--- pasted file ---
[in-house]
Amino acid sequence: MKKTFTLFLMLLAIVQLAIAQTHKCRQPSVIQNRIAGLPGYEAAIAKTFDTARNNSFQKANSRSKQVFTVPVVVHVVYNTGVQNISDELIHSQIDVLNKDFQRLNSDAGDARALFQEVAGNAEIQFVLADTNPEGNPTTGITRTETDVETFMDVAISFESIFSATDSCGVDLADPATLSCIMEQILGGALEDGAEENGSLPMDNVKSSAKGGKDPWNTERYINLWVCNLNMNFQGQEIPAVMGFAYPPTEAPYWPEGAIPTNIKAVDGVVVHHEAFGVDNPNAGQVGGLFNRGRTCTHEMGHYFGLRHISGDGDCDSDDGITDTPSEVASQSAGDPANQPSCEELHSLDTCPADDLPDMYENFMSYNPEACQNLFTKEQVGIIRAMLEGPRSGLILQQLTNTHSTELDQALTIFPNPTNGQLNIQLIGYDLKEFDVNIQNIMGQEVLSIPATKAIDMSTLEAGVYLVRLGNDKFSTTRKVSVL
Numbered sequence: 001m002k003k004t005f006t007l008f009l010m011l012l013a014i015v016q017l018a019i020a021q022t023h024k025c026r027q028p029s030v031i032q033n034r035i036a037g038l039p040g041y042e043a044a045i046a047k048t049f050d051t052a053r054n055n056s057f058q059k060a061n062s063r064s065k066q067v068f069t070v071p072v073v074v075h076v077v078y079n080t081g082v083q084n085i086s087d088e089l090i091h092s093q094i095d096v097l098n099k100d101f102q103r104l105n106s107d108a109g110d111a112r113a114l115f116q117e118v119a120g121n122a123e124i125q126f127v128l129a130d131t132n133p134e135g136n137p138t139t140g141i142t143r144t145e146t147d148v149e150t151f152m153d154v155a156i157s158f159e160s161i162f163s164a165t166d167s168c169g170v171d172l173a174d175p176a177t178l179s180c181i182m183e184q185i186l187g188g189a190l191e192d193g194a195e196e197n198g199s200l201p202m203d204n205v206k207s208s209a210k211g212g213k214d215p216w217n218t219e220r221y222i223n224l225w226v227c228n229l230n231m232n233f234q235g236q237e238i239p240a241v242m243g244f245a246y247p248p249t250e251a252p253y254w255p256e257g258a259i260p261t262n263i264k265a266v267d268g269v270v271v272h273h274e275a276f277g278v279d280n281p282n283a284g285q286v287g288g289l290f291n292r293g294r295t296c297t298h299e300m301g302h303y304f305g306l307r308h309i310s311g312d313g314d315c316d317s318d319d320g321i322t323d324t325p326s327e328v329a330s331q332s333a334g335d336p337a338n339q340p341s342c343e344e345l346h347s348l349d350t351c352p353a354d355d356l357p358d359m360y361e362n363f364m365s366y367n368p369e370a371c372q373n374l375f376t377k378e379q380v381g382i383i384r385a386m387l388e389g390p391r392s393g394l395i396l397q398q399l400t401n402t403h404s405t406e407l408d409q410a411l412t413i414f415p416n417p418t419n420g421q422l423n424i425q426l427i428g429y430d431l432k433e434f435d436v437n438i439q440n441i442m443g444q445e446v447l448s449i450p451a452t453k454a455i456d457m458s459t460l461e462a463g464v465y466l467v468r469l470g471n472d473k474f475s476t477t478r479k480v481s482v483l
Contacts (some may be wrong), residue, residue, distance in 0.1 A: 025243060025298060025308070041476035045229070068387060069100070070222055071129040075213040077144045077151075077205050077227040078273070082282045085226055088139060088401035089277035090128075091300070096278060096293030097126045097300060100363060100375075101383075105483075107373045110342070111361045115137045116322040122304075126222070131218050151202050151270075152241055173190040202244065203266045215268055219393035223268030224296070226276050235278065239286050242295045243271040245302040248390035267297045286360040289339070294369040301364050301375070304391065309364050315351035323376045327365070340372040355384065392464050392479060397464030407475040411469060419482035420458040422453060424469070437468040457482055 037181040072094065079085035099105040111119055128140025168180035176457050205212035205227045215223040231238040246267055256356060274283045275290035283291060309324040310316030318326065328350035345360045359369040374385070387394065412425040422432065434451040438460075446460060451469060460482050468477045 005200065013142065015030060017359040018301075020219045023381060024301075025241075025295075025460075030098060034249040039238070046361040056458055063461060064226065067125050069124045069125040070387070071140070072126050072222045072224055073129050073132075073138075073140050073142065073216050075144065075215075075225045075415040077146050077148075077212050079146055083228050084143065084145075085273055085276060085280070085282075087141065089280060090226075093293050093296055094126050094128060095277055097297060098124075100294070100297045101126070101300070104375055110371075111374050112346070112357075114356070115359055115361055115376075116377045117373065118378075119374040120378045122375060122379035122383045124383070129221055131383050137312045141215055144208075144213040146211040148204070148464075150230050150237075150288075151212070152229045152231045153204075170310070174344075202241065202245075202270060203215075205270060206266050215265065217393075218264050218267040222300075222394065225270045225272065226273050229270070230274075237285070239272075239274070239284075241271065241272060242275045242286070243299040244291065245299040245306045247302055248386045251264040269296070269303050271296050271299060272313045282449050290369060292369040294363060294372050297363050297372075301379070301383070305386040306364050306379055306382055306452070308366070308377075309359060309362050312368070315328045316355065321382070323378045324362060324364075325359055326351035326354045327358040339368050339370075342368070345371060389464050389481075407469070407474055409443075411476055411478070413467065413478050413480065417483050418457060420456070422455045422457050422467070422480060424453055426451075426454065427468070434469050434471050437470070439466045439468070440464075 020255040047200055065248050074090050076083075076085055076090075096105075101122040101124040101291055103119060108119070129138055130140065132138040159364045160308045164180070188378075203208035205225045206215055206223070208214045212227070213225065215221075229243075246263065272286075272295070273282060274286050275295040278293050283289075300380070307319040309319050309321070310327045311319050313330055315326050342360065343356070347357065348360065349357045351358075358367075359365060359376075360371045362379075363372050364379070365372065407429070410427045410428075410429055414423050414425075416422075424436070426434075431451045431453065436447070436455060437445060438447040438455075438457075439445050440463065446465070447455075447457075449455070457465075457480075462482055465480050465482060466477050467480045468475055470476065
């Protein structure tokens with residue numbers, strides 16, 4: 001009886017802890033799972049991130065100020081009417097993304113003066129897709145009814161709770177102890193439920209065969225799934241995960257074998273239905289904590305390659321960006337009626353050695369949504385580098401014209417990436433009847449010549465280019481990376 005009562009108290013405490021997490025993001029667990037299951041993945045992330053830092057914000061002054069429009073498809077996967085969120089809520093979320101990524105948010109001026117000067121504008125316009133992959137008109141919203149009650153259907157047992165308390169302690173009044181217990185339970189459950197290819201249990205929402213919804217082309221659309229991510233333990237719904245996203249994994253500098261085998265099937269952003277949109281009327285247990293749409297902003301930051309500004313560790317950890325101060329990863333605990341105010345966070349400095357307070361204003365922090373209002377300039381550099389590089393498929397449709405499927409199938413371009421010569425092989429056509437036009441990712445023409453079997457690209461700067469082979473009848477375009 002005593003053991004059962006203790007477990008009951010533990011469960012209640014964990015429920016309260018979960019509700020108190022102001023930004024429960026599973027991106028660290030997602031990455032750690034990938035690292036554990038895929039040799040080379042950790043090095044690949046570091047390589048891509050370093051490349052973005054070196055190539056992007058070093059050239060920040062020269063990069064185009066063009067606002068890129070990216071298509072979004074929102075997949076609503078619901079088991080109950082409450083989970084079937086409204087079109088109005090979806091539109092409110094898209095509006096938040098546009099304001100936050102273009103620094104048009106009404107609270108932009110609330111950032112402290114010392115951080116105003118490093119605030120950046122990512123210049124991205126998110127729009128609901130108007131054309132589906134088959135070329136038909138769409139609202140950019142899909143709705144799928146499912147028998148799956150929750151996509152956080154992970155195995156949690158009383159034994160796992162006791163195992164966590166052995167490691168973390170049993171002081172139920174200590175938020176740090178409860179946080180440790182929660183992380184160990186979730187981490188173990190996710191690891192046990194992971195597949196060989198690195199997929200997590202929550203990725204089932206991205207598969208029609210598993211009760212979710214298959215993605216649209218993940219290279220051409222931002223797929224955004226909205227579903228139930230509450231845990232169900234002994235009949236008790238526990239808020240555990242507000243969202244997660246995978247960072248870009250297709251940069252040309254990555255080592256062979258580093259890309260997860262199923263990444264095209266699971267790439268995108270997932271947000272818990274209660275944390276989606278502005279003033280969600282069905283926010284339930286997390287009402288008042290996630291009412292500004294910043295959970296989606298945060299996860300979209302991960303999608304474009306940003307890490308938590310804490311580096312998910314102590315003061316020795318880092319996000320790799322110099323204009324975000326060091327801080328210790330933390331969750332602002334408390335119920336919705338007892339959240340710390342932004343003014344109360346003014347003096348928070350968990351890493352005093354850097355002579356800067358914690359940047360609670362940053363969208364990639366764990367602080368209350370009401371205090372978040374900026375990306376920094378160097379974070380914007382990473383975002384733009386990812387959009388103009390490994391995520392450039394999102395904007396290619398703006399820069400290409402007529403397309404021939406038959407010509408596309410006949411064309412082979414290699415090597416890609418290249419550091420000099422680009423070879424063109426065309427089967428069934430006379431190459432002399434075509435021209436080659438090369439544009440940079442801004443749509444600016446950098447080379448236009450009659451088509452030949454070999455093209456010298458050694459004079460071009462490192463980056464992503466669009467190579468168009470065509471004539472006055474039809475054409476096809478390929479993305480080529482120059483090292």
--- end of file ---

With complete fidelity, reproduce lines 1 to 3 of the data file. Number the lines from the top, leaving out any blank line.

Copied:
[in-house]
Amino acid sequence: MKKTFTLFLMLLAIVQLAIAQTHKCRQPSVIQNRIAGLPGYEAAIAKTFDTARNNSFQKANSRSKQVFTVPVVVHVVYNTGVQNISDELIHSQIDVLNKDFQRLNSDAGDARALFQEVAGNAEIQFVLADTNPEGNPTTGITRTETDVETFMDVAISFESIFSATDSCGVDLADPATLSCIMEQILGGALEDGAEENGSLPMDNVKSSAKGGKDPWNTERYINLWVCNLNMNFQGQEIPAVMGFAYPPTEAPYWPEGAIPTNIKAVDGVVVHHEAFGVDNPNAGQVGGLFNRGRTCTHEMGHYFGLRHISGDGDCDSDDGITDTPSEVASQSAGDPANQPSCEELHSLDTCPADDLPDMYENFMSYNPEACQNLFTKEQVGIIRAMLEGPRSGLILQQLTNTHSTELDQALTIFPNPTNGQLNIQLIGYDLKEFDVNIQNIMGQEVLSIPATKAIDMSTLEAGVYLVRLGNDKFSTTRKVSVL
Numbered sequence: 001m002k003k004t005f006t007l008f009l010m011l012l013a014i015v016q017l018a019i020a021q022t023h024k025c026r027q028p029s030v031i032q033n034r035i036a037g038l039p040g041y042e043a044a045i046a047k048t049f050d051t052a053r054n055n056s057f058q059k060a061n062s063r064s065k066q067v068f069t070v071p072v073v074v075h076v077v078y079n080t081g082v083q084n085i086s087d088e089l090i091h092s093q094i095d096v097l098n099k100d101f102q103r104l105n106s107d108a109g110d111a112r113a114l115f116q117e118v119a120g121n122a123e124i125q126f127v128l129a130d131t132n133p134e135g136n137p138t139t140g141i142t143r144t145e146t147d148v149e150t151f152m153d154v155a156i157s158f159e160s161i162f163s164a165t166d167s168c169g170v171d172l173a174d175p176a177t178l179s180c181i182m183e184q185i186l187g188g189a190l191e192d193g194a195e196e197n198g199s200l201p202m203d204n205v206k207s208s209a210k211g212g213k214d215p216w217n218t219e220r221y222i223n224l225w226v227c228n229l230n231m232n233f234q235g236q237e238i239p240a241v242m243g244f245a246y247p248p249t250e251a252p253y254w255p256e257g258a259i260p261t262n263i264k265a266v267d268g269v270v271v272h273h274e275a276f277g278v279d280n281p282n283a284g285q286v287g288g289l290f291n292r293g294r295t296c297t298h299e300m301g302h303y304f305g306l307r308h309i310s311g312d313g314d315c316d317s318d319d320g321i322t323d324t325p326s327e328v329a330s331q332s333a334g335d336p337a338n339q340p341s342c343e344e345l346h347s348l349d350t351c352p353a354d355d356l357p358d359m360y361e362n363f364m365s366y367n368p369e370a371c372q373n374l375f376t377k378e379q380v381g382i383i384r385a386m387l388e389g390p391r392s393g394l395i396l397q398q399l400t401n402t403h404s405t406e407l408d409q410a411l412t413i414f415p416n417p418t419n420g421q422l423n424i425q426l427i428g429y430d431l432k433e434f435d436v437n438i439q440n441i442m443g444q445e446v447l448s449i450p451a452t453k454a455i456d457m458s459t460l461e462a463g464v465y466l467v468r469l470g471n472d473k474f475s476t477t478r479k480v481s482v483l